Where do you see yourself in 5 or 10 years?

 My hope is that in five to ten years I would still be at Elm Street, but more than that, I’m interested in the long game of what can we create for the community that will outlast my time here.

Elm Street’s 2019-20 theatrical series has something for all ages

(Even for friends or family), what is something interesting that most people don’t know about you?

From the “Two Truths and a Lie” game, my two truths are: I’ve been on Cash Cab, and I sacked Tim Tebow in football. We were in rival high schools.

 

What three words or phrases come to mind when you think of the word HOME?

 That would depend on what mood I am feeling. If I am tired, home would be a “retreat” or “rest” in my physical home. I also think of “family” as my home base, a core reminder of who I am and where I come from. But then I also think “recharge,” so that I can go back out and serve the community.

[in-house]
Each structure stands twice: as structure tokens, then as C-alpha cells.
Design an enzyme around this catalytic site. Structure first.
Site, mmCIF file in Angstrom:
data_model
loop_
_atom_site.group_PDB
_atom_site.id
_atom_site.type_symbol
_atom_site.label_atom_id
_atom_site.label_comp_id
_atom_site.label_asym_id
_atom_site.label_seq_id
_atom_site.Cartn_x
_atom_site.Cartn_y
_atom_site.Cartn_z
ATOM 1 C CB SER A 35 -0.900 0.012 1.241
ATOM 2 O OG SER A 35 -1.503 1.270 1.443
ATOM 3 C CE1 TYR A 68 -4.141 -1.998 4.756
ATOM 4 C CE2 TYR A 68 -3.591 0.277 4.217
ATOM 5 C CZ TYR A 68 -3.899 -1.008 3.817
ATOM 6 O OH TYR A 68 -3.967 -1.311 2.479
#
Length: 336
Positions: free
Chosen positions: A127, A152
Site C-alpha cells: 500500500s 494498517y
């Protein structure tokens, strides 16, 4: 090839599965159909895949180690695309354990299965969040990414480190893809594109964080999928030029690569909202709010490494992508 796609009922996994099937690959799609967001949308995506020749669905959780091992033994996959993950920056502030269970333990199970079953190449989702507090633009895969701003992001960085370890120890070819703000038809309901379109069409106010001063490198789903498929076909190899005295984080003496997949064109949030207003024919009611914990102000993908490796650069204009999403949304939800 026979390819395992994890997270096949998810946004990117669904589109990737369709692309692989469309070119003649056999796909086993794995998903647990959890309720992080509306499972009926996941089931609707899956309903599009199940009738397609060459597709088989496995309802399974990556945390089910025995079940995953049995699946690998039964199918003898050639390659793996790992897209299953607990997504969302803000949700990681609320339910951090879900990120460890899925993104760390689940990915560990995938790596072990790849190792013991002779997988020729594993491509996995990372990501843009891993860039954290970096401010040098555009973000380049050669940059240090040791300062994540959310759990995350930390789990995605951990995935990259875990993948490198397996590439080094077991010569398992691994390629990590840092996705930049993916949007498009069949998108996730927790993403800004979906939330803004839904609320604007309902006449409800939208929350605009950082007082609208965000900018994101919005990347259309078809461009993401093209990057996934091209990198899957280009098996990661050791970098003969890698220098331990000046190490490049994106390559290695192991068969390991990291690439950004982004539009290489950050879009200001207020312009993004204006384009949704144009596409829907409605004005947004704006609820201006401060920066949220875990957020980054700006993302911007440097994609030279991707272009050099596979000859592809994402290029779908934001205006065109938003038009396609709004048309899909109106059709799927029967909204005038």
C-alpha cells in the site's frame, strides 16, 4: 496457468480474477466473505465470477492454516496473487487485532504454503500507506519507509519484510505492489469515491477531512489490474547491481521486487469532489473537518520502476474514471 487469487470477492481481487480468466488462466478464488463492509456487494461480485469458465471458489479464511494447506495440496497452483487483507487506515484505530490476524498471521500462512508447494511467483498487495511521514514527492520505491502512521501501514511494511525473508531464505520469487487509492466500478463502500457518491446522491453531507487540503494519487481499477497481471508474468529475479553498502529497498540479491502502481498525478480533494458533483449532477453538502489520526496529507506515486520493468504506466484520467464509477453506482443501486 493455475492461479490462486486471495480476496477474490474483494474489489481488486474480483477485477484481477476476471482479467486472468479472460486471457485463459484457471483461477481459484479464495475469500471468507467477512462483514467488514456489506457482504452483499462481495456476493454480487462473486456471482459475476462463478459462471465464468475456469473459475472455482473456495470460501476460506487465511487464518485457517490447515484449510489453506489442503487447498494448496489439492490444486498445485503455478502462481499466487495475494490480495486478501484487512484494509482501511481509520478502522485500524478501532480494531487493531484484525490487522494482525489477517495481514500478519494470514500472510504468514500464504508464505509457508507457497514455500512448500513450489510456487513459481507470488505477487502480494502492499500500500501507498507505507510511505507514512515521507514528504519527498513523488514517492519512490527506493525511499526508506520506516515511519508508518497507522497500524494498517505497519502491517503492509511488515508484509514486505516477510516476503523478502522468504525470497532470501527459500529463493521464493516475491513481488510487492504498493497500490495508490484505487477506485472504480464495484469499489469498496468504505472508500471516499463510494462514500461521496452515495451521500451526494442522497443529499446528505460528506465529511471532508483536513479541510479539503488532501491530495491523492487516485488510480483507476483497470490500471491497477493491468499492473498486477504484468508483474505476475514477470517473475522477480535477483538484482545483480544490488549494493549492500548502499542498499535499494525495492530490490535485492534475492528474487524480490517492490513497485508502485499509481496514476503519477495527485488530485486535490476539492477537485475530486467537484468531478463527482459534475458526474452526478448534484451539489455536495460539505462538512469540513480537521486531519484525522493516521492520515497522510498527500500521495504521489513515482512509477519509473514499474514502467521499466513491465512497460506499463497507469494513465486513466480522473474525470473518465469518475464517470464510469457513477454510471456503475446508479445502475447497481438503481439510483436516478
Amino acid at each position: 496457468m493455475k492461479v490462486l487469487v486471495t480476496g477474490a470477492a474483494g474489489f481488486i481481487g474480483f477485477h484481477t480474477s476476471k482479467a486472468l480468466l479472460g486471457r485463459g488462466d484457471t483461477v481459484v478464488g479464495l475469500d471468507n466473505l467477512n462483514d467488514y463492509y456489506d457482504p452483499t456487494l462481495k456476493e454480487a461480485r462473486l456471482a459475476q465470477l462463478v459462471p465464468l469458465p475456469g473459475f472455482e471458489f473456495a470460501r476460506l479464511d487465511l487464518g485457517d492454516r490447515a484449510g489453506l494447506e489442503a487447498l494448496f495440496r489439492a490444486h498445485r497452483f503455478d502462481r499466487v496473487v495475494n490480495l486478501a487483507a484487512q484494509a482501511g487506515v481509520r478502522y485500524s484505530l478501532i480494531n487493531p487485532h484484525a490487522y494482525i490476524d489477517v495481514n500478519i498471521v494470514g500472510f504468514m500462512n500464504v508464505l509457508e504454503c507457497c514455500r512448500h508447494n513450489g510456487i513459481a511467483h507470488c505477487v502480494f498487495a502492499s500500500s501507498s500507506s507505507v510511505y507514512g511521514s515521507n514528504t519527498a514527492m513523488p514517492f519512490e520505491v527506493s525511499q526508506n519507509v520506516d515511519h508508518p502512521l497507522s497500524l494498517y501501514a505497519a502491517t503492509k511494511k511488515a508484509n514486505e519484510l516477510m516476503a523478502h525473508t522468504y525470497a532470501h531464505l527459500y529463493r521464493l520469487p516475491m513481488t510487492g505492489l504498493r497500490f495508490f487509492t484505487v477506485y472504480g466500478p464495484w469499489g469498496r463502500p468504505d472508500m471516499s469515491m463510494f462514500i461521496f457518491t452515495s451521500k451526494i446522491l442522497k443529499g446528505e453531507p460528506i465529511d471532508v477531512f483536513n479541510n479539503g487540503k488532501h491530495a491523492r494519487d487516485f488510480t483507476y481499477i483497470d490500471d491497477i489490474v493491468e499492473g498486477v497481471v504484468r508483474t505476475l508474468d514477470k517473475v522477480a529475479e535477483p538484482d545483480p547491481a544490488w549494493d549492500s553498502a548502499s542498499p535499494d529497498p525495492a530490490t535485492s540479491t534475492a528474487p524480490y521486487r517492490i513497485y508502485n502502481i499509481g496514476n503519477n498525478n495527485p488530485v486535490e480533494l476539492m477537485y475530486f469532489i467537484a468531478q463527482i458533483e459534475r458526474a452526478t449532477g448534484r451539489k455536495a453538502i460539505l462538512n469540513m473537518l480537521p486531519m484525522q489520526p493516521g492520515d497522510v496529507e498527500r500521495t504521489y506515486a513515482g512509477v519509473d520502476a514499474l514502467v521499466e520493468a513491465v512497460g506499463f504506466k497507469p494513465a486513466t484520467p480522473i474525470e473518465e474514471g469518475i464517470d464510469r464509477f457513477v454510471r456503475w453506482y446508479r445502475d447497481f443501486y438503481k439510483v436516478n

If you were cast into a major motion picture and had your choice of anyone to be your co-star, who would you choose?

 It would have to be my wife because of the inspiration she provides for me, but also her support to continue to keep me moving forward.

 

If you had a full-time staff member that was fully paid for, who would you choose?

Chef, Housekeeper, Driver, Coach, Physical Fitness Trainer, or Nanny?

 I enjoy cooking more than I enjoy cleaning, so, I’ll go with a housekeeper so I can keep on cooking!

Christopher in Community

Christopher can be found at the Elm Street Cultural Arts Village , around Woodstock, or with his family.